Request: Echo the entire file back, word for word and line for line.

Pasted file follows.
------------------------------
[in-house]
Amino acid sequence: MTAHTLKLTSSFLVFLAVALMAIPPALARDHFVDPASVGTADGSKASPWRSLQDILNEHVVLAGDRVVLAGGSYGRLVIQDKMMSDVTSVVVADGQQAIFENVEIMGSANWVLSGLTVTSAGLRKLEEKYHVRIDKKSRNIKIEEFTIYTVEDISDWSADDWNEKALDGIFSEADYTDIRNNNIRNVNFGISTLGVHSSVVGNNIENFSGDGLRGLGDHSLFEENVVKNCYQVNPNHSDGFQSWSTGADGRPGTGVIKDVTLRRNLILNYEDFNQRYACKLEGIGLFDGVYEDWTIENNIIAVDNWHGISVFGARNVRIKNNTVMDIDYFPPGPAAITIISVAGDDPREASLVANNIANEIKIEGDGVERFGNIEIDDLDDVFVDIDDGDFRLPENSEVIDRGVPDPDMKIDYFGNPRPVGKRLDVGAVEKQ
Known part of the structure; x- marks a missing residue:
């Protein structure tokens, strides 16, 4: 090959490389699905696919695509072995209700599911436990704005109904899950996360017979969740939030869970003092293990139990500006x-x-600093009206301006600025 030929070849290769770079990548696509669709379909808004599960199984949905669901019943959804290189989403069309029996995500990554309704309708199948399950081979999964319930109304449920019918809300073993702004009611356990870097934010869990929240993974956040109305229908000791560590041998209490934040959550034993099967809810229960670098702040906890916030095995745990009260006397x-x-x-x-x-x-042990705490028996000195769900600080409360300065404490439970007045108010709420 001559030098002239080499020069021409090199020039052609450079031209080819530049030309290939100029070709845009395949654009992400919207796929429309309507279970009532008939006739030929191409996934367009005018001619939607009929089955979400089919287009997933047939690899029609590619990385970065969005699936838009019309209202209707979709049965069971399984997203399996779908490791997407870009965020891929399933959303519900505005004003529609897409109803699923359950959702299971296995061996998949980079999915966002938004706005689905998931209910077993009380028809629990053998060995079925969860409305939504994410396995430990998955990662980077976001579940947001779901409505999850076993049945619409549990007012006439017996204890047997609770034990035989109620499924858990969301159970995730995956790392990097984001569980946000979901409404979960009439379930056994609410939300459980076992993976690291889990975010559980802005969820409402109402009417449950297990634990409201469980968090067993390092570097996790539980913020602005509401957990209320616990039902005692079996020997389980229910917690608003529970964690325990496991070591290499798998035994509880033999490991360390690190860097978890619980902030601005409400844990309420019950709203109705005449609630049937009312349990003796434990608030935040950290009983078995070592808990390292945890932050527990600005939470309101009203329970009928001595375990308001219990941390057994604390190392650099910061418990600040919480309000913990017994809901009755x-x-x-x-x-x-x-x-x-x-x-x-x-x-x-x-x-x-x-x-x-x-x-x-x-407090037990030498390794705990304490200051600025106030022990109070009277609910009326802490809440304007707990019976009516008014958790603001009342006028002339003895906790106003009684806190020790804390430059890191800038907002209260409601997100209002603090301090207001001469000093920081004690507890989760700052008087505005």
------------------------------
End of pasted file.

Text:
[in-house]
Amino acid sequence: MTAHTLKLTSSFLVFLAVALMAIPPALARDHFVDPASVGTADGSKASPWRSLQDILNEHVVLAGDRVVLAGGSYGRLVIQDKMMSDVTSVVVADGQQAIFENVEIMGSANWVLSGLTVTSAGLRKLEEKYHVRIDKKSRNIKIEEFTIYTVEDISDWSADDWNEKALDGIFSEADYTDIRNNNIRNVNFGISTLGVHSSVVGNNIENFSGDGLRGLGDHSLFEENVVKNCYQVNPNHSDGFQSWSTGADGRPGTGVIKDVTLRRNLILNYEDFNQRYACKLEGIGLFDGVYEDWTIENNIIAVDNWHGISVFGARNVRIKNNTVMDIDYFPPGPAAITIISVAGDDPREASLVANNIANEIKIEGDGVERFGNIEIDDLDDVFVDIDDGDFRLPENSEVIDRGVPDPDMKIDYFGNPRPVGKRLDVGAVEKQ
Known part of the structure; x- marks a missing residue:
């Protein structure tokens, strides 16, 4: 090959490389699905696919695509072995209700599911436990704005109904899950996360017979969740939030869970003092293990139990500006x-x-600093009206301006600025 030929070849290769770079990548696509669709379909808004599960199984949905669901019943959804290189989403069309029996995500990554309704309708199948399950081979999964319930109304449920019918809300073993702004009611356990870097934010869990929240993974956040109305229908000791560590041998209490934040959550034993099967809810229960670098702040906890916030095995745990009260006397x-x-x-x-x-x-042990705490028996000195769900600080409360300065404490439970007045108010709420 001559030098002239080499020069021409090199020039052609450079031209080819530049030309290939100029070709845009395949654009992400919207796929429309309507279970009532008939006739030929191409996934367009005018001619939607009929089955979400089919287009997933047939690899029609590619990385970065969005699936838009019309209202209707979709049965069971399984997203399996779908490791997407870009965020891929399933959303519900505005004003529609897409109803699923359950959702299971296995061996998949980079999915966002938004706005689905998931209910077993009380028809629990053998060995079925969860409305939504994410396995430990998955990662980077976001579940947001779901409505999850076993049945619409549990007012006439017996204890047997609770034990035989109620499924858990969301159970995730995956790392990097984001569980946000979901409404979960009439379930056994609410939300459980076992993976690291889990975010559980802005969820409402109402009417449950297990634990409201469980968090067993390092570097996790539980913020602005509401957990209320616990039902005692079996020997389980229910917690608003529970964690325990496991070591290499798998035994509880033999490991360390690190860097978890619980902030601005409400844990309420019950709203109705005449609630049937009312349990003796434990608030935040950290009983078995070592808990390292945890932050527990600005939470309101009203329970009928001595375990308001219990941390057994604390190392650099910061418990600040919480309000913990017994809901009755x-x-x-x-x-x-x-x-x-x-x-x-x-x-x-x-x-x-x-x-x-x-x-x-x-407090037990030498390794705990304490200051600025106030022990109070009277609910009326802490809440304007707990019976009516008014958790603001009342006028002339003895906790106003009684806190020790804390430059890191800038907002209260409601997100209002603090301090207001001469000093920081004690507890989760700052008087505005």